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The Political Economy of Trade and Migration: Evidence from the U.S. Congress

Paola Conconi (), Giovanni Facchini (), Max Steinhardt () and Maurizio Zanardi ()

CEP Discussion Papers from Centre for Economic Performance, LSE

Abstract: We systematically examine the drivers of U.S. congressmen's votes on trade and migration reforms since the 1970's. Standard trade theory suggests that reforms that lower barriers to goods and migrants should have similar distributional effects, hurting low-skilled U.S. workers while benefiting high-skilled workers. In line with this prediction, we find that House members representing more skilled-labor abundant districts are more likely to support both trade and migration liberalization. Still, important differences exist: Democrats favor trade reforms less than Republicans, while the opposite is true for immigration reforms; welfare state considerations and network effects shape support for immigration, but not for trade.

Keywords: trade reforms; immigration reforms; roll-call votes (search for similar items in EconPapers)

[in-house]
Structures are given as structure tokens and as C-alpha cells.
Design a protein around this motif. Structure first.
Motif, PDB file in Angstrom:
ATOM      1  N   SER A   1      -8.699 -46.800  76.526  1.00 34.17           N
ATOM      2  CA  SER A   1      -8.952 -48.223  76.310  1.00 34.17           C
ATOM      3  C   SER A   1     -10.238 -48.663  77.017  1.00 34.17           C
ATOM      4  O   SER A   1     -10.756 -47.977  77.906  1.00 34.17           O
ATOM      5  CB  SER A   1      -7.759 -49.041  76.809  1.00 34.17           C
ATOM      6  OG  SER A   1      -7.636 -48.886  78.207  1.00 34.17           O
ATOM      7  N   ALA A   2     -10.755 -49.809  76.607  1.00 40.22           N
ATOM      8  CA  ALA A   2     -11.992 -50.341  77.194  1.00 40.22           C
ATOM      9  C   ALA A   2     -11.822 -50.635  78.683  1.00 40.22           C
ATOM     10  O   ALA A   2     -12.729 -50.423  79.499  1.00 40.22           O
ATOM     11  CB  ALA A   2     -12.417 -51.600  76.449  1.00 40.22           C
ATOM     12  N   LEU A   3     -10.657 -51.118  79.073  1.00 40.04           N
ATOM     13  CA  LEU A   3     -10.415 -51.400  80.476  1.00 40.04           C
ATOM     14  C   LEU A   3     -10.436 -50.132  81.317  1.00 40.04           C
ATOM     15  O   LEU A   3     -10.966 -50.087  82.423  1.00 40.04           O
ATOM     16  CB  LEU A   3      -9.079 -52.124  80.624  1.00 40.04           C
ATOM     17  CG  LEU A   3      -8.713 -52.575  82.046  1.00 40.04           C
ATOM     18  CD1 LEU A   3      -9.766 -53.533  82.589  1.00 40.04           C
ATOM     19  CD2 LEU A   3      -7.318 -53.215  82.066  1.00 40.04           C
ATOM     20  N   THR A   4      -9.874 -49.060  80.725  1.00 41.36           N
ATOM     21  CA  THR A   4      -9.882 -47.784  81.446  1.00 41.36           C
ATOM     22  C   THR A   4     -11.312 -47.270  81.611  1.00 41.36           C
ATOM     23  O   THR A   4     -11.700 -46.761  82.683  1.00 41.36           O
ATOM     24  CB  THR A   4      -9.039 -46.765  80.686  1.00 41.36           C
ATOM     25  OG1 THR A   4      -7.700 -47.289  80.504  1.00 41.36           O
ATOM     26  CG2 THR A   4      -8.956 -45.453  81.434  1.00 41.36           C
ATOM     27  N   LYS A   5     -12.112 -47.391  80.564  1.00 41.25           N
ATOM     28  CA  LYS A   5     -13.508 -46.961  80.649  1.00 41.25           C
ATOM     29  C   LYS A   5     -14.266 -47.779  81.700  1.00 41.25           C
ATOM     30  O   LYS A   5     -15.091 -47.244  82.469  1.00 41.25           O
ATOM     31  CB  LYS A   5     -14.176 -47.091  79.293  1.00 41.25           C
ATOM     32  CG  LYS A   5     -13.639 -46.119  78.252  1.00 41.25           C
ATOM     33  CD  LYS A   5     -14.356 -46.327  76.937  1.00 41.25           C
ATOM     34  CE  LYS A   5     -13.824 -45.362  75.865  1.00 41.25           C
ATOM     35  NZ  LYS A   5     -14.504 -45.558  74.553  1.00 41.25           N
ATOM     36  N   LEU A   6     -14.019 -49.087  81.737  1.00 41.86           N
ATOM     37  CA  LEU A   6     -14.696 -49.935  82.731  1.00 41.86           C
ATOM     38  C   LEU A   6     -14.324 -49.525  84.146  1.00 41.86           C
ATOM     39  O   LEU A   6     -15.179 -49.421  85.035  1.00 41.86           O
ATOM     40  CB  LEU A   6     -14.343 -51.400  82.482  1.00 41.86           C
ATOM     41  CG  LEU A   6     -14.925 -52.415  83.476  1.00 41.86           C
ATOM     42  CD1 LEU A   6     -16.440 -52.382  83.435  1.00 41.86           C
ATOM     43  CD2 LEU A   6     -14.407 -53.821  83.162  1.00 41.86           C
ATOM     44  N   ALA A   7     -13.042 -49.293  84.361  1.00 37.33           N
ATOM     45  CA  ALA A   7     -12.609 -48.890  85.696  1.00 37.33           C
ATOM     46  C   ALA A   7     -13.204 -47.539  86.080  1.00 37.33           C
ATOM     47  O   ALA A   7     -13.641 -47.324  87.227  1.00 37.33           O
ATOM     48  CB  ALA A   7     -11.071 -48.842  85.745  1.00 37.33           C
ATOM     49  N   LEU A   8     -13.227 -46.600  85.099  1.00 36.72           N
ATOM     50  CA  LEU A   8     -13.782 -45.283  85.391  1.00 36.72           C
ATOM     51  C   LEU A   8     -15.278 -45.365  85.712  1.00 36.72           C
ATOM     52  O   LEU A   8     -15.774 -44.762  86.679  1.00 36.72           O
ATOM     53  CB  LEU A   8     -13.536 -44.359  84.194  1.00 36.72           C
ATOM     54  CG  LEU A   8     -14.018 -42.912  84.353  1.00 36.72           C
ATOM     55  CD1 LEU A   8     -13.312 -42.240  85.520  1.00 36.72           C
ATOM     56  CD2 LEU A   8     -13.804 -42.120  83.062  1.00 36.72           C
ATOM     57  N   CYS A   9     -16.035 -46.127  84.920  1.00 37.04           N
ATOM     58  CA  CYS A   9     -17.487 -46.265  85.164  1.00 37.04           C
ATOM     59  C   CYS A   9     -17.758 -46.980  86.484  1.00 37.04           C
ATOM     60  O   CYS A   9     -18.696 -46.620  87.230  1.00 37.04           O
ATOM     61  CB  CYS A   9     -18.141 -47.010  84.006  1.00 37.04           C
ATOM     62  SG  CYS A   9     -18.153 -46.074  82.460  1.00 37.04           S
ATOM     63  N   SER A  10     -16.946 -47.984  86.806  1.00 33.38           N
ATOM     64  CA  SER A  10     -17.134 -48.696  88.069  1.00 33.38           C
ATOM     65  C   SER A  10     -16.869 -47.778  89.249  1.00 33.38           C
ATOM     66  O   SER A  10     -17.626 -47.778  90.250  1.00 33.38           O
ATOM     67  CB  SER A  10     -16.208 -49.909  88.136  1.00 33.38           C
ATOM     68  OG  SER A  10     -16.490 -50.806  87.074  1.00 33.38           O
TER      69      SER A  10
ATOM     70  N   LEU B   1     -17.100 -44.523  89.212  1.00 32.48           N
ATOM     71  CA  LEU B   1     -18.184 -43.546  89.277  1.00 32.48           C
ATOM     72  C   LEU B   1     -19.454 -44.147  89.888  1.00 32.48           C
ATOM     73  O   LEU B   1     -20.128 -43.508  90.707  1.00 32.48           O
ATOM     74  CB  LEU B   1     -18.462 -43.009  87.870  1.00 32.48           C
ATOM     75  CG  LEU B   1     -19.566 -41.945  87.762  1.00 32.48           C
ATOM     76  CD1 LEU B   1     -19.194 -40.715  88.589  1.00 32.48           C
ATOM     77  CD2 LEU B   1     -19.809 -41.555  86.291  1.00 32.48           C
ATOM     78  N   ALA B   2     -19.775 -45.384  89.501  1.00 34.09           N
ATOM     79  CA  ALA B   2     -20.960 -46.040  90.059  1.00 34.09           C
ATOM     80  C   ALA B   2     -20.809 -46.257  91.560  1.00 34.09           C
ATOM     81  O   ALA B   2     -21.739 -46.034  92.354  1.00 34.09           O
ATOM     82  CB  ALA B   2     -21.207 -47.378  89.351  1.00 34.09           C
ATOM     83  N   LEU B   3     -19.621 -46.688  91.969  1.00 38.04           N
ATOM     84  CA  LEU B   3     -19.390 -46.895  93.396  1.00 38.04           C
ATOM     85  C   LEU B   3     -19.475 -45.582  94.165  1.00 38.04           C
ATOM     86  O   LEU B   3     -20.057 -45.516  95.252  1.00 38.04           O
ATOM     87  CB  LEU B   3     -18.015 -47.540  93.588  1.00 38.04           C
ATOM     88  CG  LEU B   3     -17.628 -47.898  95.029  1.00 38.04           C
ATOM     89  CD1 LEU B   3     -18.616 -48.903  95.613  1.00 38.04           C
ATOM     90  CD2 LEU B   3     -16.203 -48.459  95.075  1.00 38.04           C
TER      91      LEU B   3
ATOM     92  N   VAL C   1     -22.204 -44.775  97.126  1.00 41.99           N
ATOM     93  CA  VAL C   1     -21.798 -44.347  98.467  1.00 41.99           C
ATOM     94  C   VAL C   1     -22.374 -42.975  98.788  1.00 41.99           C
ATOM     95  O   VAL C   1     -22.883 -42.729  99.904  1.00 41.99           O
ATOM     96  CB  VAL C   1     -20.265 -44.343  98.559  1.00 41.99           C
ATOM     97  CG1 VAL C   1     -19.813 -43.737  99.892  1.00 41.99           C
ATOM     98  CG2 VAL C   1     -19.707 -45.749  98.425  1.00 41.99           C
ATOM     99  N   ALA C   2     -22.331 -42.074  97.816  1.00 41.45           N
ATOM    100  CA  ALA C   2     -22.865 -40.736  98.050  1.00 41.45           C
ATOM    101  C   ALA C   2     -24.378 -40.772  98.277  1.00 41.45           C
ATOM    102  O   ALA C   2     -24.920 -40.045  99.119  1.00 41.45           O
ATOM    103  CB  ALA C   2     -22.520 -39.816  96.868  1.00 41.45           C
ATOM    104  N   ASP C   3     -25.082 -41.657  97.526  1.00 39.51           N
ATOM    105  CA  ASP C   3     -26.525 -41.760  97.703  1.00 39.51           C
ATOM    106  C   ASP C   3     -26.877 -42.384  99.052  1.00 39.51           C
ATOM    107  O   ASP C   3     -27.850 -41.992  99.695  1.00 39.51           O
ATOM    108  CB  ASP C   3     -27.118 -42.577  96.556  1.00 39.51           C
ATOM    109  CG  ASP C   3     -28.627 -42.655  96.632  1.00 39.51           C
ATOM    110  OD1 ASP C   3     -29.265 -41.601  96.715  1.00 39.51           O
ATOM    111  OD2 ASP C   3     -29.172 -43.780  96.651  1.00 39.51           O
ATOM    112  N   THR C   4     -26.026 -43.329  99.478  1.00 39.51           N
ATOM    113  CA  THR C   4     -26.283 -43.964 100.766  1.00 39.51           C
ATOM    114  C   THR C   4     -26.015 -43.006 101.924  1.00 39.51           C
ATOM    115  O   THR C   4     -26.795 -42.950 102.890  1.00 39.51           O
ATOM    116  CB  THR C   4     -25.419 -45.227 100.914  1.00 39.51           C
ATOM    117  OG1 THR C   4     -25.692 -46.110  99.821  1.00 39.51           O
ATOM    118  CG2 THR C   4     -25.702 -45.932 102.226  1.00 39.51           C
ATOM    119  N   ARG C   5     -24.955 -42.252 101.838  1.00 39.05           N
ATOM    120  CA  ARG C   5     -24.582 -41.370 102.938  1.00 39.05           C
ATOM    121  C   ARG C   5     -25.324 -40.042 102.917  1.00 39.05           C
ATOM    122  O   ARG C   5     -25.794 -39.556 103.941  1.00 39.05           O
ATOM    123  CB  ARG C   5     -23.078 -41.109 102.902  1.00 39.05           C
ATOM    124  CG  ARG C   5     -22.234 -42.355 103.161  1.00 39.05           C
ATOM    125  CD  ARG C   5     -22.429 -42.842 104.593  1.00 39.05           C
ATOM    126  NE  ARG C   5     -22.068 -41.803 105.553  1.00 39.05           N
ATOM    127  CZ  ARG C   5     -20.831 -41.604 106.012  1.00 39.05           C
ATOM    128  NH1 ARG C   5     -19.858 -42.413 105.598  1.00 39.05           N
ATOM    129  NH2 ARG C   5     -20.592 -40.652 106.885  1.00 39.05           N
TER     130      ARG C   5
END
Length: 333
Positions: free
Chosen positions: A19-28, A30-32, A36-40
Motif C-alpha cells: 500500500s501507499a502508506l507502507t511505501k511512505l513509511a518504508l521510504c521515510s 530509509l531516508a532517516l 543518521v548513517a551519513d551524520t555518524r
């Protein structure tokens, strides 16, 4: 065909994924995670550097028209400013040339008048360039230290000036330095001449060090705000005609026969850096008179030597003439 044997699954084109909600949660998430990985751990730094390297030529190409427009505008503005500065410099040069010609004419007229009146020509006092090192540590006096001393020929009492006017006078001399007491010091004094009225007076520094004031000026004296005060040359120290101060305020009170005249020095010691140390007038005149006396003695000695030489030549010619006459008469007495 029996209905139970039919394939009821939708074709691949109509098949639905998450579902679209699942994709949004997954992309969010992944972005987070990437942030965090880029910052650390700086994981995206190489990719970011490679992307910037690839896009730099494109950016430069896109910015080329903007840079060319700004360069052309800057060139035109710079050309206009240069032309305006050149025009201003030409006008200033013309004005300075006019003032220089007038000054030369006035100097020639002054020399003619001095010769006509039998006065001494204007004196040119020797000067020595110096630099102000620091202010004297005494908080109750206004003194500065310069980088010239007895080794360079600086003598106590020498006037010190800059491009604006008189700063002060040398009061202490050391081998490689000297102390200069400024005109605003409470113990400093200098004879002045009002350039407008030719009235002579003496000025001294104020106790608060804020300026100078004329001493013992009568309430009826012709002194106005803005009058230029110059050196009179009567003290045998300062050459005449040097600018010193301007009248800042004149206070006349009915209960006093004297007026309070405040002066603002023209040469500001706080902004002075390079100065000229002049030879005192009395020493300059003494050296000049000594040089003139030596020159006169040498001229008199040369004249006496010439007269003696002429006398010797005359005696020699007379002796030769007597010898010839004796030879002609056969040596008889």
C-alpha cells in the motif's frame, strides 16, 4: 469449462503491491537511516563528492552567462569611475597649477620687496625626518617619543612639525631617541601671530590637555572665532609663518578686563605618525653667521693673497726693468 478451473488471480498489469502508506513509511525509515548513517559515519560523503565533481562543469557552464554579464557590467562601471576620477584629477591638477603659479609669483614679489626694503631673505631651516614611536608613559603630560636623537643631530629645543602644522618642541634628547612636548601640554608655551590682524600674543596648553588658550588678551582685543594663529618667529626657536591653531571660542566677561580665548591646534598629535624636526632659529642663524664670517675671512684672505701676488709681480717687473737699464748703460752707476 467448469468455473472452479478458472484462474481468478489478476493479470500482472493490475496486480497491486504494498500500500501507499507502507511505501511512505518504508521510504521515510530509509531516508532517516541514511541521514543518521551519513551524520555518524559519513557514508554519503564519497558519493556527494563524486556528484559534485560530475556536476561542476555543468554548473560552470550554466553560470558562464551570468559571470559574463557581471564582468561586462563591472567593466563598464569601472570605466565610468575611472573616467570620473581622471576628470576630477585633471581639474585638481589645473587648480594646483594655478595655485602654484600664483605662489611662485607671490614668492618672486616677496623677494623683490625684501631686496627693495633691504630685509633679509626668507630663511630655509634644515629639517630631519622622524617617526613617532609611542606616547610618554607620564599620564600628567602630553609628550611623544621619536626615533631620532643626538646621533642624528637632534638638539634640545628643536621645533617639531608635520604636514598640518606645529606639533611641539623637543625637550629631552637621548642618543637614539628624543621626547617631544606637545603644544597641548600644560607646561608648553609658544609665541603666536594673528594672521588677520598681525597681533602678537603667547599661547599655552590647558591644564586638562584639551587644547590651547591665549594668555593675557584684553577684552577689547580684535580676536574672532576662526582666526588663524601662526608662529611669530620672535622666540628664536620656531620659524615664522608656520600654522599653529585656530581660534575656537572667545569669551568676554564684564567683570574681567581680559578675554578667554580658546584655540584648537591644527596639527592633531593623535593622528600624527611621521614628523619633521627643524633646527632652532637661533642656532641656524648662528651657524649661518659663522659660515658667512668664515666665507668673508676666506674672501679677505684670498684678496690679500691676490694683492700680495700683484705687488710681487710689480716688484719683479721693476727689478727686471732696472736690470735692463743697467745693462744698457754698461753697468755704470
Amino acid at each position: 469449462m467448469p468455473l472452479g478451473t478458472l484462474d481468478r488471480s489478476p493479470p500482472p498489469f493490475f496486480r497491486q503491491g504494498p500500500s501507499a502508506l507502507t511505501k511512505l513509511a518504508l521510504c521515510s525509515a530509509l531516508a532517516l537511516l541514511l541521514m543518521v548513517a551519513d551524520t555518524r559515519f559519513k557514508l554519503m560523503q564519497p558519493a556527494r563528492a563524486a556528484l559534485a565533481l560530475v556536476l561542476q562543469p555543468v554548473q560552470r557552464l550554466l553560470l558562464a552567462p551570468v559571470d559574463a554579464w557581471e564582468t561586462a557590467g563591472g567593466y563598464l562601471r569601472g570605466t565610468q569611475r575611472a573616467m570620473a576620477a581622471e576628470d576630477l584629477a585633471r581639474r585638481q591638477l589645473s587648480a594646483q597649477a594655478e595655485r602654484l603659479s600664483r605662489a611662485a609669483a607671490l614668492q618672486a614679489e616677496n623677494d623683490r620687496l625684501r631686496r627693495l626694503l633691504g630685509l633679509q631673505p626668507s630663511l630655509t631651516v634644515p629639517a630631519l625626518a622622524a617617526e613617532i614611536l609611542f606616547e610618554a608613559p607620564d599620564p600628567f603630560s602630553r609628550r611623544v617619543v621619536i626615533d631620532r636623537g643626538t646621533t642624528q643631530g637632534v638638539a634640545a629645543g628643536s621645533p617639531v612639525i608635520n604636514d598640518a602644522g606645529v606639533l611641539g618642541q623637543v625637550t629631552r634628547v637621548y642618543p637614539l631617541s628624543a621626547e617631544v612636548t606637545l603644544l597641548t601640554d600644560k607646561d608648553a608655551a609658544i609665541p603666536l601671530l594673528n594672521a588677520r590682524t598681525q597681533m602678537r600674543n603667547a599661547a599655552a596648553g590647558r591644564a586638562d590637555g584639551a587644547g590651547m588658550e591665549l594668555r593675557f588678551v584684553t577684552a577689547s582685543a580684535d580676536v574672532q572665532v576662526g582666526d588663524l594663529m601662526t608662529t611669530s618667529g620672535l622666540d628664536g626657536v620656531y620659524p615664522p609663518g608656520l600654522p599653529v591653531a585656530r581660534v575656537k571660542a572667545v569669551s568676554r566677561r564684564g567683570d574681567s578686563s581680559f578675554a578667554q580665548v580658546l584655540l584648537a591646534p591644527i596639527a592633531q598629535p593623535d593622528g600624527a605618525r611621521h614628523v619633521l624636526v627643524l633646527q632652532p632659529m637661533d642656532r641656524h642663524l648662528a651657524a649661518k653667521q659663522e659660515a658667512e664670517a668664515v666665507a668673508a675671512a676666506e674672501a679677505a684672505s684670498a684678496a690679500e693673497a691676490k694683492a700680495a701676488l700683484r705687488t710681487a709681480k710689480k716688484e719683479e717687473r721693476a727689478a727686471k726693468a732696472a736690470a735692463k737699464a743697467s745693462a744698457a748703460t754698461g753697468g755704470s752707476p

JEL-codes: F1 F22 (search for similar items in EconPapers)
New Economics Papers: this item is included in nep-int, nep-mig and nep-pol
Date: 2018-08
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http://cep.lse.ac.uk/pubs/download/dp1564.pdf (application/pdf)

Related works:
Working Paper: The political economy of trade and migration: evidence from the U.S. Congress (2018) Downloads
Working Paper: The political economy of trade and migration:Evidence from the U.S. Congress (2013) Downloads
Working Paper: The political economy of trade and migration: Evidence from the U.S. Congress (2012) Downloads
Working Paper: he Political Economy of Trade and Migration: Evidence from the U.S. Congress (2012) Downloads
Working Paper: The political economy of trade and migration: Evidence from the U.S. Congress (2012) Downloads
Working Paper: The political economy of trade and migration: Evidence from the US Congress (2012) Downloads
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